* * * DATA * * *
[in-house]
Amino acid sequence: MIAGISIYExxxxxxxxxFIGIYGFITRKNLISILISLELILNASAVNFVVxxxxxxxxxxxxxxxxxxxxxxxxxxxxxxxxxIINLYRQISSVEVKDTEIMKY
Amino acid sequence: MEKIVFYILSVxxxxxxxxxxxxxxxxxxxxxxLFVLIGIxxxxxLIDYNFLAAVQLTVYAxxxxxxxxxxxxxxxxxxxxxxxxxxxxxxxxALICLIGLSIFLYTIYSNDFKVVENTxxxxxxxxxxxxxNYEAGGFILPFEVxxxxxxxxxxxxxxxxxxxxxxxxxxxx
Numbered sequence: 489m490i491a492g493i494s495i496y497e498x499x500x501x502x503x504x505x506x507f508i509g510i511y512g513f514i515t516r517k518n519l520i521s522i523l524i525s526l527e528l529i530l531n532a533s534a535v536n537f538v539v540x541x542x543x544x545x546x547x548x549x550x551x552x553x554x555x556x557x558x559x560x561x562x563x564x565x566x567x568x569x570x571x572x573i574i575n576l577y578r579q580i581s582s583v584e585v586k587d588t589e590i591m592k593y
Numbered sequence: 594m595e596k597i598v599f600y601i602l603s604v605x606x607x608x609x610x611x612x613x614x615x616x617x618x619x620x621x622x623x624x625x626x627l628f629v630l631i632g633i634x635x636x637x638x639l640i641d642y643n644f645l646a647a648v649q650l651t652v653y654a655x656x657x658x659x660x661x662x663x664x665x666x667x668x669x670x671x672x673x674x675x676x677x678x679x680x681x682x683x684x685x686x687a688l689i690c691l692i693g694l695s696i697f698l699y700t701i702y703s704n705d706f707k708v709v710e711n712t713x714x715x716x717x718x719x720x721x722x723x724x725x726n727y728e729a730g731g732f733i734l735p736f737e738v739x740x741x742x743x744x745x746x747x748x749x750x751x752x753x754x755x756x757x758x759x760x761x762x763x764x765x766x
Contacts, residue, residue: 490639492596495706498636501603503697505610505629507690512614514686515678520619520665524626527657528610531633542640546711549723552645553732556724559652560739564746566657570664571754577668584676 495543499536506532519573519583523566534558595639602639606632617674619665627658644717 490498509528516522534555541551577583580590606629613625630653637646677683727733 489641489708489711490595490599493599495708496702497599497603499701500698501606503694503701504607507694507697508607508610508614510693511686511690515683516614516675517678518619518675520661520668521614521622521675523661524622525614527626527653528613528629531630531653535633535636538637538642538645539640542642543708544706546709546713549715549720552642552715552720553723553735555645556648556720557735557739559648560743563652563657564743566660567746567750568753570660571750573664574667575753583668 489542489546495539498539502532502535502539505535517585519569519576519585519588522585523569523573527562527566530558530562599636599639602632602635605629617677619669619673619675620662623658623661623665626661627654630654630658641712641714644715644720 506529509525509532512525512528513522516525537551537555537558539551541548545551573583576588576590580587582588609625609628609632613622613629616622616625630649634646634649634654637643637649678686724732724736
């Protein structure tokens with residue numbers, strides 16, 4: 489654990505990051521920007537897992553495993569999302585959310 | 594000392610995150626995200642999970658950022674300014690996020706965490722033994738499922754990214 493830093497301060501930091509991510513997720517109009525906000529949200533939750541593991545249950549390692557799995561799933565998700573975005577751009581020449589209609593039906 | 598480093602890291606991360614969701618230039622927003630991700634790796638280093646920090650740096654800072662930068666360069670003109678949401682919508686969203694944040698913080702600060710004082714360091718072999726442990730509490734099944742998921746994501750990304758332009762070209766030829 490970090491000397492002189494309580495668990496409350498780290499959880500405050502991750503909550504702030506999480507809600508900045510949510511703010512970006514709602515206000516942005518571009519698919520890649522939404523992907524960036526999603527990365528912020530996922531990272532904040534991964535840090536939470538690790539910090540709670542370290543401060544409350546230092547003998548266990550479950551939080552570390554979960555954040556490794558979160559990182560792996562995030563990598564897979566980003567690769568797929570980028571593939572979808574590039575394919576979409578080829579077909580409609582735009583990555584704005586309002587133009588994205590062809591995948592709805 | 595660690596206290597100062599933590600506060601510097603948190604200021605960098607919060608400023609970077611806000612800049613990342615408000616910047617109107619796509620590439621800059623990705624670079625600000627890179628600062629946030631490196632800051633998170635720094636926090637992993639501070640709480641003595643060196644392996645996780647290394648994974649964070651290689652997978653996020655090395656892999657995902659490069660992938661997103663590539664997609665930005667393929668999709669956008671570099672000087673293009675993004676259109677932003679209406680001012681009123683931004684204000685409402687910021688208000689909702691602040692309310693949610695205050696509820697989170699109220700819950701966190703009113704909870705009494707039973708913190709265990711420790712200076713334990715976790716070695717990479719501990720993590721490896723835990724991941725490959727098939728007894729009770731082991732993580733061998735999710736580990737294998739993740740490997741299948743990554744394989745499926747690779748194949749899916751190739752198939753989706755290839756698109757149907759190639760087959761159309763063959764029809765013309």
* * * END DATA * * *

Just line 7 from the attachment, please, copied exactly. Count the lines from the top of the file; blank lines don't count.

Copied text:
């Protein structure tokens with residue numbers, strides 16, 4: 489654990505990051521920007537897992553495993569999302585959310 | 594000392610995150626995200642999970658950022674300014690996020706965490722033994738499922754990214 493830093497301060501930091509991510513997720517109009525906000529949200533939750541593991545249950549390692557799995561799933565998700573975005577751009581020449589209609593039906 | 598480093602890291606991360614969701618230039622927003630991700634790796638280093646920090650740096654800072662930068666360069670003109678949401682919508686969203694944040698913080702600060710004082714360091718072999726442990730509490734099944742998921746994501750990304758332009762070209766030829 490970090491000397492002189494309580495668990496409350498780290499959880500405050502991750503909550504702030506999480507809600508900045510949510511703010512970006514709602515206000516942005518571009519698919520890649522939404523992907524960036526999603527990365528912020530996922531990272532904040534991964535840090536939470538690790539910090540709670542370290543401060544409350546230092547003998548266990550479950551939080552570390554979960555954040556490794558979160559990182560792996562995030563990598564897979566980003567690769568797929570980028571593939572979808574590039575394919576979409578080829579077909580409609582735009583990555584704005586309002587133009588994205590062809591995948592709805 | 595660690596206290597100062599933590600506060601510097603948190604200021605960098607919060608400023609970077611806000612800049613990342615408000616910047617109107619796509620590439621800059623990705624670079625600000627890179628600062629946030631490196632800051633998170635720094636926090637992993639501070640709480641003595643060196644392996645996780647290394648994974649964070651290689652997978653996020655090395656892999657995902659490069660992938661997103663590539664997609665930005667393929668999709669956008671570099672000087673293009675993004676259109677932003679209406680001012681009123683931004684204000685409402687910021688208000689909702691602040692309310693949610695205050696509820697989170699109220700819950701966190703009113704909870705009494707039973708913190709265990711420790712200076713334990715976790716070695717990479719501990720993590721490896723835990724991941725490959727098939728007894729009770731082991732993580733061998735999710736580990737294998739993740740490997741299948743990554744394989745499926747690779748194949749899916751190739752198939753989706755290839756698109757149907759190639760087959761159309763063959764029809765013309």